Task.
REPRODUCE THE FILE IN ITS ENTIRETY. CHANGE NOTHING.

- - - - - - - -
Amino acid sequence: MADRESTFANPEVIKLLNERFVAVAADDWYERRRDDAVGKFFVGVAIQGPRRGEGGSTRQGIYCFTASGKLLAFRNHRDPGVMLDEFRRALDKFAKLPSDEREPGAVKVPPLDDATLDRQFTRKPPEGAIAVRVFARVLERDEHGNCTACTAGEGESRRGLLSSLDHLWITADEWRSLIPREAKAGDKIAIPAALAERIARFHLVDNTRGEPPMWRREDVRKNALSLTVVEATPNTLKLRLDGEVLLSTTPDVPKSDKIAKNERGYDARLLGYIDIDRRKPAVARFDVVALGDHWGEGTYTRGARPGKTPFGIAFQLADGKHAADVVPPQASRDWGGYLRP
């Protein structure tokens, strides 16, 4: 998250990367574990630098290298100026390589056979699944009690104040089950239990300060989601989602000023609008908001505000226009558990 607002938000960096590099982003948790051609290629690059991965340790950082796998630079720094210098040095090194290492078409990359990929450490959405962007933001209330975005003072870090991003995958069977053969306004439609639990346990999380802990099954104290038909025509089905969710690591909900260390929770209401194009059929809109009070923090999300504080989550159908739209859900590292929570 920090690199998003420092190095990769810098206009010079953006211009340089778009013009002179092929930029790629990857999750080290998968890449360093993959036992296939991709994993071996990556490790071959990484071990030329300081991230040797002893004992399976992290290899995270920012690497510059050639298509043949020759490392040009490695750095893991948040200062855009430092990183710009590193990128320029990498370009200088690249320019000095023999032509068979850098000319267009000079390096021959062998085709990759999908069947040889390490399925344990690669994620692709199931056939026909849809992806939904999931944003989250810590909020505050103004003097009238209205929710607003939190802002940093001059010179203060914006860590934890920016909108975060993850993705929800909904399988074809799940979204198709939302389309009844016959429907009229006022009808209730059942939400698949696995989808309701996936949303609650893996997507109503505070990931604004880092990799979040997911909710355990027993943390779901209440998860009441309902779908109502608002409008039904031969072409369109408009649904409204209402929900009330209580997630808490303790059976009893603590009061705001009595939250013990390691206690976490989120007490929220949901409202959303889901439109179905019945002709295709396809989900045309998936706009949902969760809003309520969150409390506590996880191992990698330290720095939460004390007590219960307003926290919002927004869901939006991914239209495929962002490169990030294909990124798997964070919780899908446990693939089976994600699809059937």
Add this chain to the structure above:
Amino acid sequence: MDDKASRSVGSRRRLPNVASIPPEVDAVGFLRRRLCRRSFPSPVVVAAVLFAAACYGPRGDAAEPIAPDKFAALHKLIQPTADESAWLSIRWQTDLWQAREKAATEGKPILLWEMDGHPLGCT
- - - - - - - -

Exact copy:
Amino acid sequence: MADRESTFANPEVIKLLNERFVAVAADDWYERRRDDAVGKFFVGVAIQGPRRGEGGSTRQGIYCFTASGKLLAFRNHRDPGVMLDEFRRALDKFAKLPSDEREPGAVKVPPLDDATLDRQFTRKPPEGAIAVRVFARVLERDEHGNCTACTAGEGESRRGLLSSLDHLWITADEWRSLIPREAKAGDKIAIPAALAERIARFHLVDNTRGEPPMWRREDVRKNALSLTVVEATPNTLKLRLDGEVLLSTTPDVPKSDKIAKNERGYDARLLGYIDIDRRKPAVARFDVVALGDHWGEGTYTRGARPGKTPFGIAFQLADGKHAADVVPPQASRDWGGYLRP
């Protein structure tokens, strides 16, 4: 998250990367574990630098290298100026390589056979699944009690104040089950239990300060989601989602000023609008908001505000226009558990 607002938000960096590099982003948790051609290629690059991965340790950082796998630079720094210098040095090194290492078409990359990929450490959405962007933001209330975005003072870090991003995958069977053969306004439609639990346990999380802990099954104290038909025509089905969710690591909900260390929770209401194009059929809109009070923090999300504080989550159908739209859900590292929570 920090690199998003420092190095990769810098206009010079953006211009340089778009013009002179092929930029790629990857999750080290998968890449360093993959036992296939991709994993071996990556490790071959990484071990030329300081991230040797002893004992399976992290290899995270920012690497510059050639298509043949020759490392040009490695750095893991948040200062855009430092990183710009590193990128320029990498370009200088690249320019000095023999032509068979850098000319267009000079390096021959062998085709990759999908069947040889390490399925344990690669994620692709199931056939026909849809992806939904999931944003989250810590909020505050103004003097009238209205929710607003939190802002940093001059010179203060914006860590934890920016909108975060993850993705929800909904399988074809799940979204198709939302389309009844016959429907009229006022009808209730059942939400698949696995989808309701996936949303609650893996997507109503505070990931604004880092990799979040997911909710355990027993943390779901209440998860009441309902779908109502608002409008039904031969072409369109408009649904409204209402929900009330209580997630808490303790059976009893603590009061705001009595939250013990390691206690976490989120007490929220949901409202959303889901439109179905019945002709295709396809989900045309998936706009949902969760809003309520969150409390506590996880191992990698330290720095939460004390007590219960307003926290919002927004869901939006991914239209495929962002490169990030294909990124798997964070919780899908446990693939089976994600699809059937």
Add this chain to the structure above:
Amino acid sequence: MDDKASRSVGSRRRLPNVASIPPEVDAVGFLRRRLCRRSFPSPVVVAAVLFAAACYGPRGDAAEPIAPDKFAALHKLIQPTADESAWLSIRWQTDLWQAREKAATEGKPILLWEMDGHPLGCT